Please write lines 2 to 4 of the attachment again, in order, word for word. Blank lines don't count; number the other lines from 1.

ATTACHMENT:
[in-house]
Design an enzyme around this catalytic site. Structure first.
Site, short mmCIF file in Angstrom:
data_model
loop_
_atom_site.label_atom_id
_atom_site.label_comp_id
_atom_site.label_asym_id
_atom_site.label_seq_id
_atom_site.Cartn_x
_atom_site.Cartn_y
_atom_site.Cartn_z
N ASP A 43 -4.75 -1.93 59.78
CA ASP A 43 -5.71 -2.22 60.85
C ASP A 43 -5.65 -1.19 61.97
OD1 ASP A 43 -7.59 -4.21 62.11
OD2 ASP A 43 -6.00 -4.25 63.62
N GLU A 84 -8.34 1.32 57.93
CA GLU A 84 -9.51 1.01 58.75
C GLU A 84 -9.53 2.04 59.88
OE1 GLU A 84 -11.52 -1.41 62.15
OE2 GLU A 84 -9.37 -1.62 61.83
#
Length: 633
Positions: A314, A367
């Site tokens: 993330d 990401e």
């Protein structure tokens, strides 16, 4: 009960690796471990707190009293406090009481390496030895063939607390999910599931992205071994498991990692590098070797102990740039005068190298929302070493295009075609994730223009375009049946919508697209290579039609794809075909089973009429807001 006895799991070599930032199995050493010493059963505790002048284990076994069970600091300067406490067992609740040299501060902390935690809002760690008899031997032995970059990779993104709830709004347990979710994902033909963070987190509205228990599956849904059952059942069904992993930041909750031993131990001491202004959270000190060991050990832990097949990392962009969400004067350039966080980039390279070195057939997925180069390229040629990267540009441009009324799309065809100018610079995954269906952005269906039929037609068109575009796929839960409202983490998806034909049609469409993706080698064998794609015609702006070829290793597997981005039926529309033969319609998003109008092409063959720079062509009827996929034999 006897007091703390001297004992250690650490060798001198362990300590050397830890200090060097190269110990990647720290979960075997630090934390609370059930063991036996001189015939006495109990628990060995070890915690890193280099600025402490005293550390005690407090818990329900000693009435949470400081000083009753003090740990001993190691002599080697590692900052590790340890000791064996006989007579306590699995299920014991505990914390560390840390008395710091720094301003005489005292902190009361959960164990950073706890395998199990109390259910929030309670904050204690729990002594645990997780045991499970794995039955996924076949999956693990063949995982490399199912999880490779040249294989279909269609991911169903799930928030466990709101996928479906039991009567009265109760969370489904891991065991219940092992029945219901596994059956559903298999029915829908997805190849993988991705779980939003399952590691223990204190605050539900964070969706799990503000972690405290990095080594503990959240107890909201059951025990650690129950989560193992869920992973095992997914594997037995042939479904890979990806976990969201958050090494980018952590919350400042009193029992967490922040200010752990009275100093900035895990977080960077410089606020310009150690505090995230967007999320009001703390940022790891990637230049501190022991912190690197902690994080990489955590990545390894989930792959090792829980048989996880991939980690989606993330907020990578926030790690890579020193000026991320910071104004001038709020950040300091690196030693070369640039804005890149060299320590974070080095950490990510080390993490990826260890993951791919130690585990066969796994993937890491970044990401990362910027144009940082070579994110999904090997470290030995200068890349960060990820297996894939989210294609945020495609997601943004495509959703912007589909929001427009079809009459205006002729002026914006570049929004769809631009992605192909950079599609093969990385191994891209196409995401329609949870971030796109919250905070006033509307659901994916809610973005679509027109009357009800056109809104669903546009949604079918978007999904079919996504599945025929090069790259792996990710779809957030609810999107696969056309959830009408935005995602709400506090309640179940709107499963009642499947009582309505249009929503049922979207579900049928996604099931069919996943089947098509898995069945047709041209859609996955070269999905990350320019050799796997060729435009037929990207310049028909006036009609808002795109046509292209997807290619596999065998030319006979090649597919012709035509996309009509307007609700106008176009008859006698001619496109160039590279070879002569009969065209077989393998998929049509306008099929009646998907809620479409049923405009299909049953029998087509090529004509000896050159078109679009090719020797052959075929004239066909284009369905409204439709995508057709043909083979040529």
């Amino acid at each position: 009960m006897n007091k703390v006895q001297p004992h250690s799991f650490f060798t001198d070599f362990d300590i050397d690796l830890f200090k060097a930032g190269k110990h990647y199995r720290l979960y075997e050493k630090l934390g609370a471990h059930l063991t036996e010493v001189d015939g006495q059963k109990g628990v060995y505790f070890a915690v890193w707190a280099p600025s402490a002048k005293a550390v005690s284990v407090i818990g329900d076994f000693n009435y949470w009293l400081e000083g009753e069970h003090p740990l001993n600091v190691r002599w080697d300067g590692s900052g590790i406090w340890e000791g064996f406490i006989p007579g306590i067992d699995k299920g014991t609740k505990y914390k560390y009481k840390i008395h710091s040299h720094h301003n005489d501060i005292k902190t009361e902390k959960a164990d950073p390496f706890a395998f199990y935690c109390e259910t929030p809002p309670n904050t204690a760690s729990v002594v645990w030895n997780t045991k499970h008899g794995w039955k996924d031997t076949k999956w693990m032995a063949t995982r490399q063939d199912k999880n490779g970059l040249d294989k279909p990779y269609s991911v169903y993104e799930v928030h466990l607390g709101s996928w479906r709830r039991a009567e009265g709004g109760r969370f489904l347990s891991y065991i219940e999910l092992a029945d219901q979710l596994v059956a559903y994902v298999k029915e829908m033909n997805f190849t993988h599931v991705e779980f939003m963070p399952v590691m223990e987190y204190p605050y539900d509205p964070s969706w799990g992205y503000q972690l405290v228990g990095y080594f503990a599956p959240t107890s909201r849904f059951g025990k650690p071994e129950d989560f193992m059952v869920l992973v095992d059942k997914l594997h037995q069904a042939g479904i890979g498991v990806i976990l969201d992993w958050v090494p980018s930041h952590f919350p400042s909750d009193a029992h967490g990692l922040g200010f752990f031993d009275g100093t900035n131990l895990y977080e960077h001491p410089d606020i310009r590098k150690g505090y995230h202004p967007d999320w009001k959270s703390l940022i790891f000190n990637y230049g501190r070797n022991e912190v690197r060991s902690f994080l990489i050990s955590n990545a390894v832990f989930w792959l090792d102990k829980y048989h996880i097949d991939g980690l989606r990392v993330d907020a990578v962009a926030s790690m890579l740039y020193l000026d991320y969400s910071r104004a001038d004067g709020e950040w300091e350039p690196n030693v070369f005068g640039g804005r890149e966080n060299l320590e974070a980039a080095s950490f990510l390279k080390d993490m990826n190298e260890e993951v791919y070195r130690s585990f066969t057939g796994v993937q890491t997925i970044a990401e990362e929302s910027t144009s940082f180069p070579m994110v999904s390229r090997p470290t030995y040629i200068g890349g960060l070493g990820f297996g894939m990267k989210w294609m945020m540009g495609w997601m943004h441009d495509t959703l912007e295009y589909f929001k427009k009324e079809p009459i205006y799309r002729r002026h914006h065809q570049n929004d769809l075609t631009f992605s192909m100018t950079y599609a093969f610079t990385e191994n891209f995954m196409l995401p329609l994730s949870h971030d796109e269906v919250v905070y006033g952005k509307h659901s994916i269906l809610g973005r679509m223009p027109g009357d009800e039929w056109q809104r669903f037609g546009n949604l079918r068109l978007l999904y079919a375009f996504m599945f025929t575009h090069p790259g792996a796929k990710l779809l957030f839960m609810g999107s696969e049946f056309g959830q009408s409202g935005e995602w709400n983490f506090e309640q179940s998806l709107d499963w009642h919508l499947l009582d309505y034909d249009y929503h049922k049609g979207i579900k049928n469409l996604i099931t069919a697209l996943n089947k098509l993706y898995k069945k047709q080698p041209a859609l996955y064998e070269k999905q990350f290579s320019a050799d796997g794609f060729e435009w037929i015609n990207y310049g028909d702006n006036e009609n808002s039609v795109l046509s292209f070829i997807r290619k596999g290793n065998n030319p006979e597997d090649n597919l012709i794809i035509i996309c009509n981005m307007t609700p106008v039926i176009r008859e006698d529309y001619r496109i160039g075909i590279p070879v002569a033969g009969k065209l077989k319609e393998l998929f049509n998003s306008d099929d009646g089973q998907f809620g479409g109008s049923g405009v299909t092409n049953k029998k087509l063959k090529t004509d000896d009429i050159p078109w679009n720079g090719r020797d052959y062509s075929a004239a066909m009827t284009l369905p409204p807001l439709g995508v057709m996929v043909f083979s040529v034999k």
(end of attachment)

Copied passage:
Design an enzyme around this catalytic site. Structure first.
Site, short mmCIF file in Angstrom:
data_model